Here is a true story: In the early 1980s, my dad and his friends were involved in the May Day parade in our town. The theme of their particular charity float was “Around the world in 80 days”. So my dad decided to black up with Kiwi shoe polish and go as Idi Amin. We have, conveniently, now lost the photos, but I’m absolutely sure I didn’t dream this. Indeed, I was in some of the pictures myself, dressed as Mrs Mop (whoever the hell she is - I’m guessing that since my dad had racism covered, I was doing my bit for class prejudice by dressing as a cleaner).
Whenever I tell people about this (and I don’t tell them often), the response is typically one of amazement. Where the fuck did you come from? they ask, terrified and amused in equal measure at the thought of the redneck backwater whence I came. And yes, rural Cumbria in the 1980s was a funny place. It’s a funny place still. But even so, there are times when I could do without the liberal horror of peers whose skin is every bit as white as mine, peers who just happen to hail from more metropolitan quarters and who may even boast about having attended school with real, live black people. Ha ha! they chuckle. What a terrible family! What a thoroughly racist town! But it didn’t feel weird or racist at the time. It felt normal. It felt the way things feel now, the way they’ll always feel to those with advantage. Years later we’ll wonder how we ever thought this was okay, yet at the time it’s an incredible effort to picture the world being any different.
These days I check my privilege all the sodding time.* All the same, I hate “checking my privilege”, just as much as I hate the word “intersectionality”. Only privileged people use words and phrases like that, people who – regardless of their background – have still got the time to sit around analysing experience and offering up alternative ways of being. All the same, privilege is relative. It’s one thing to write a tremendously fair-minded, carefully worded article on intersectional friction, as Bim Adewunmi did yesterday; quite another to have the time and self-serving bile to wait for such an article to appear, only to shoot it down with pointlessly time-wasting comments about how pointlessly time-wasting it all is.
Right now, certain prominent white journalists and writers are expressing frustration at the anger currently being directed at Caitlin Moran over her infamous “literally could not give a shit” tweet.** Zoe Williams has tweeted the following:
I cannot fucking stand this self policing bullshit feminism.
She goes on to clarify this by offering “I get incredibly infuriated when feminists police each other for not being feminist enough”, while Deborah Orr offers this:
It’s horrible, women being attacked because they don’t represent other women enough. In autobiographies.
Meanwhile Dorian Lynskey complains that “a friend of mine was being called racist on no fucking basis whatsoever”, while Graham Linehan fumes about people “actually DEMANDING tokenism”. All of this seems to me a gross misrepresentation of the issues being raised and the genuine hurt felt by those who are being told such things don’t matter. Nonetheless, there is a bit of me – a privileged/unprivileged bit – that identifies with the big-name writers. Isn’t all this anger directed at Moran a bit smug? Why are people being so mean about someone who is so nice? Isn’t the response in and of itself privileged and bullying? Since when was everyone else so perfect? I get all this, I really do. But it’s still not right.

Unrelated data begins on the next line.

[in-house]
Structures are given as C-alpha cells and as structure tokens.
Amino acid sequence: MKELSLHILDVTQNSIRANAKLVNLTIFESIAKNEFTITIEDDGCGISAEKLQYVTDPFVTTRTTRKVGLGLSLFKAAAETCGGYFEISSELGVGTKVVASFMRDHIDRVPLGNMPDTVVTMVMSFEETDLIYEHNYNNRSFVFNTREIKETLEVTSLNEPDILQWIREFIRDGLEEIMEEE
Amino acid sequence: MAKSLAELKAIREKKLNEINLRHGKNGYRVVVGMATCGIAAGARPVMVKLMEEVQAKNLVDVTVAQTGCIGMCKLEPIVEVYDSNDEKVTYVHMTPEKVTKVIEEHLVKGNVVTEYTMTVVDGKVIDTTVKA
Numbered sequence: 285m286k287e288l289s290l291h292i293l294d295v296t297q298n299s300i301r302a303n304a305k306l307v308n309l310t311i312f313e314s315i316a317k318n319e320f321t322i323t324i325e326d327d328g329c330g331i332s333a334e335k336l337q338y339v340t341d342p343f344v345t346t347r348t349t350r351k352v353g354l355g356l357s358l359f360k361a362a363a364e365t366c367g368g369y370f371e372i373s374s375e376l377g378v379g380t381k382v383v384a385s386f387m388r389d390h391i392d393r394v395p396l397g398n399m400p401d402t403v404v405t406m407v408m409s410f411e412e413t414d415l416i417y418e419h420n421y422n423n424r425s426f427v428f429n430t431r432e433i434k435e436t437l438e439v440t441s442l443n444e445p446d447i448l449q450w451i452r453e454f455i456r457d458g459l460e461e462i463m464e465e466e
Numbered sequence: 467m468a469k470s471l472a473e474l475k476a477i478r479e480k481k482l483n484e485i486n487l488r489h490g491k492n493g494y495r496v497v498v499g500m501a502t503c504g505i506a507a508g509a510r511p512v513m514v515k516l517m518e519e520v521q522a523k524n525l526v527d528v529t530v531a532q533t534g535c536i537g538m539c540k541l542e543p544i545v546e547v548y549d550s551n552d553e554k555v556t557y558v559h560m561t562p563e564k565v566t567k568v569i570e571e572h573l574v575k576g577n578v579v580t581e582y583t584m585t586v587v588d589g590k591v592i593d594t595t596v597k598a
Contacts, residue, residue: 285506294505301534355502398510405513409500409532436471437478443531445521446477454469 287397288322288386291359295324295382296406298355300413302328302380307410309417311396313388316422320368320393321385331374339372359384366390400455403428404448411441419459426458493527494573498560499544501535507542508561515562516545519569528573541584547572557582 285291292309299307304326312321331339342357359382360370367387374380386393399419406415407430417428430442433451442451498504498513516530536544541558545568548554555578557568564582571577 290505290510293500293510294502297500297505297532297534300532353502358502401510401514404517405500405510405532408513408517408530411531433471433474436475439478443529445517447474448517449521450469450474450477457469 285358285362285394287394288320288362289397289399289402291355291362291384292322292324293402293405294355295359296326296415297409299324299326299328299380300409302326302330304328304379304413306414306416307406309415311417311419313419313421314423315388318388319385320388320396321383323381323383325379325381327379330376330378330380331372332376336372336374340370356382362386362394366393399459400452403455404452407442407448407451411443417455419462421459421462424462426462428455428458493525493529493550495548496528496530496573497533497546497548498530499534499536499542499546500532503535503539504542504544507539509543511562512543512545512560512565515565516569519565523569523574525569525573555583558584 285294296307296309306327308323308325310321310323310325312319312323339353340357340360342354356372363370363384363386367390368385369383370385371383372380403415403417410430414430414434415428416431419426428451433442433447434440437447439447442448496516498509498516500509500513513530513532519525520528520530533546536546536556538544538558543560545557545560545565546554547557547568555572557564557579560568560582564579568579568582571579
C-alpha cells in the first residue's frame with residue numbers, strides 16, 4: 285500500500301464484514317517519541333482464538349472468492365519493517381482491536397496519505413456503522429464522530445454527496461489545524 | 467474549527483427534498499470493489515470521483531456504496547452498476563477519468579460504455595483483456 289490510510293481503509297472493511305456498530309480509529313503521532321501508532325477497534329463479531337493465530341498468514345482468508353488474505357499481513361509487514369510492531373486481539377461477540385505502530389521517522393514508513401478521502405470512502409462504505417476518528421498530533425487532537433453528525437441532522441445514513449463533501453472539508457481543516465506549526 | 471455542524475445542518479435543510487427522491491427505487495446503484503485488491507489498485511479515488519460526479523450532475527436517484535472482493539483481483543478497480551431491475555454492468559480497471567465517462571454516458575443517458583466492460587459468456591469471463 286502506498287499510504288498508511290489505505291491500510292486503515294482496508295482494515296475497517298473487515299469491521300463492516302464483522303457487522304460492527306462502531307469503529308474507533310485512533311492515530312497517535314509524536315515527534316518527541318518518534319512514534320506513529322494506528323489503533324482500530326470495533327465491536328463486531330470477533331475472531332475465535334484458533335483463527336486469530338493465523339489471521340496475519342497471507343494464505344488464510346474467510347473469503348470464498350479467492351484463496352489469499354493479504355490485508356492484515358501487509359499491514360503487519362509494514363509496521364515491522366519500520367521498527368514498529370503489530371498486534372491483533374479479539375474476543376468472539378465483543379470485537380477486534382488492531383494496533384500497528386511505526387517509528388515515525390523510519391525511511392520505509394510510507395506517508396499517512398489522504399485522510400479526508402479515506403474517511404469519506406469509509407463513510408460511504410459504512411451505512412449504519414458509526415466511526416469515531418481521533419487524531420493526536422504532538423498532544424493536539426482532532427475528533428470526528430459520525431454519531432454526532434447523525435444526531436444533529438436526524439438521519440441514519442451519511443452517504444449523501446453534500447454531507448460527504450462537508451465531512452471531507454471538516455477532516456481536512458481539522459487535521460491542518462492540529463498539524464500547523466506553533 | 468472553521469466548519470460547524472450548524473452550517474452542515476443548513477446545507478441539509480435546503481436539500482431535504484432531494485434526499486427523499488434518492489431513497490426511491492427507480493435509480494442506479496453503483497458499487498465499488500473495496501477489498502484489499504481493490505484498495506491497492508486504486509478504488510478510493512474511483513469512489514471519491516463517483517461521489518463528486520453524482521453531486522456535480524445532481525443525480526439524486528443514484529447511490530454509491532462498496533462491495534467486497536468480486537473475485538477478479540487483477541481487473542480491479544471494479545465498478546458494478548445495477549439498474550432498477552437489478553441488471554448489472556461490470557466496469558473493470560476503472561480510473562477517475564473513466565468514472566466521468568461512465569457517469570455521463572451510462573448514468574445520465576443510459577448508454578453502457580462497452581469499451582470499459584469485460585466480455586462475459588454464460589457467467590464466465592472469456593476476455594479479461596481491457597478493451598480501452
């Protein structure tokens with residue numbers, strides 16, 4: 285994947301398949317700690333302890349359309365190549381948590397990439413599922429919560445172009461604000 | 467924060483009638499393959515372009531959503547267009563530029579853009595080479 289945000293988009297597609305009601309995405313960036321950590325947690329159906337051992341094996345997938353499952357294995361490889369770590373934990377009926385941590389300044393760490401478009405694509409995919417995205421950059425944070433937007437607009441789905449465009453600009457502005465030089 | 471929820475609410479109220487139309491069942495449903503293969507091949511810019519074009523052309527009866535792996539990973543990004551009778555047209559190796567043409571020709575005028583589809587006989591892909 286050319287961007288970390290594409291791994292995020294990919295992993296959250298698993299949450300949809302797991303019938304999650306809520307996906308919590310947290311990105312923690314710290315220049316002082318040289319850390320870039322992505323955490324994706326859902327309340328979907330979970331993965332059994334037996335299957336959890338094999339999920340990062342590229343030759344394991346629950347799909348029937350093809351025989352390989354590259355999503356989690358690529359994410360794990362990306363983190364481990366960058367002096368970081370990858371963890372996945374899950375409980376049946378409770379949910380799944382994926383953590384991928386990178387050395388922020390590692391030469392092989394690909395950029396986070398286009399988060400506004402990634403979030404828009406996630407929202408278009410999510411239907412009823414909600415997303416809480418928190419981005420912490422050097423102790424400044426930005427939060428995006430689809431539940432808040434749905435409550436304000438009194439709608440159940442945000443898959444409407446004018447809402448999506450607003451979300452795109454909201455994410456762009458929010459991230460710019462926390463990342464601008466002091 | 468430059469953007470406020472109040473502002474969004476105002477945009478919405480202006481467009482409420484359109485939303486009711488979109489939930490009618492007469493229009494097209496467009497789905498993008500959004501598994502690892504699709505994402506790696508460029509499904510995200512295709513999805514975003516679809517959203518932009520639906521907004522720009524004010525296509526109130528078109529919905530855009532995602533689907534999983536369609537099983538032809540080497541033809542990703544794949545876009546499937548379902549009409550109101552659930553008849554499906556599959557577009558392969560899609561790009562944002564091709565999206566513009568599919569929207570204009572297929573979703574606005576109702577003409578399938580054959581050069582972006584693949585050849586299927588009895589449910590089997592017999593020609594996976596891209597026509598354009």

Understanding that what you think is normal is alienating to others is difficult. It’s hard to do it on your own, and it’s hard to point it out to others without sounding like a self-satisfied knob who can’t see the mote in his or her own eye. Don’t you know about intersectionality? Ha! I know about intersectionality. As discourse goes, this is really fucking irritating, especially when you’re being told this by someone who appears to have sod all personal experience of being any less privileged than you. Hence the trend is increasingly to say that all the discussion amounts to is competitive feminism, competitive privilege-checking, willful showing-off at the expense of someone who just happens to disagree with you on one little thing. Even so, I don’t believe it’s possible to mass-interpret motivations in this way. It’s incredibly easy to ridicule people who use unfamiliar words to criticise that which to you is just “how things are”. And it appears to me that many journalist and writers whom I’ve admired are all too eager to form a closed circle, protecting and reflecting their own experience of “how things are” while misrepresenting the criticisms of those who don’t share their vision.
I think my dad still uses Kiwi shoe polish, but just for shoes these days. Still I bet back then, if anyone had challenged him, we could all have closed ranks. We could have claimed not to be able to stand “this self policing bullshit charity work” and expressed outrage at how people were “actually DEMANDING we all look white”. But this was all in the days before twitter. It’s much more normal now.
* Although not as much as Laurie Penny, who checks hers “in the manner of an anxious homemaker constantly checking that the gas is off”. Is it me being on privilege hyper-alert, or is the “anxious homemaker” image just a little bit on the patronising side? …
** Analysing the tweet yet again, I’m wondering if a possible late-in-the-day defence for Moran could be that while she “literally” couldn’t give a shit, she “metaphorically” still could. Unfortunately, I fear subsequent tweets have put paid to this line of interpretation.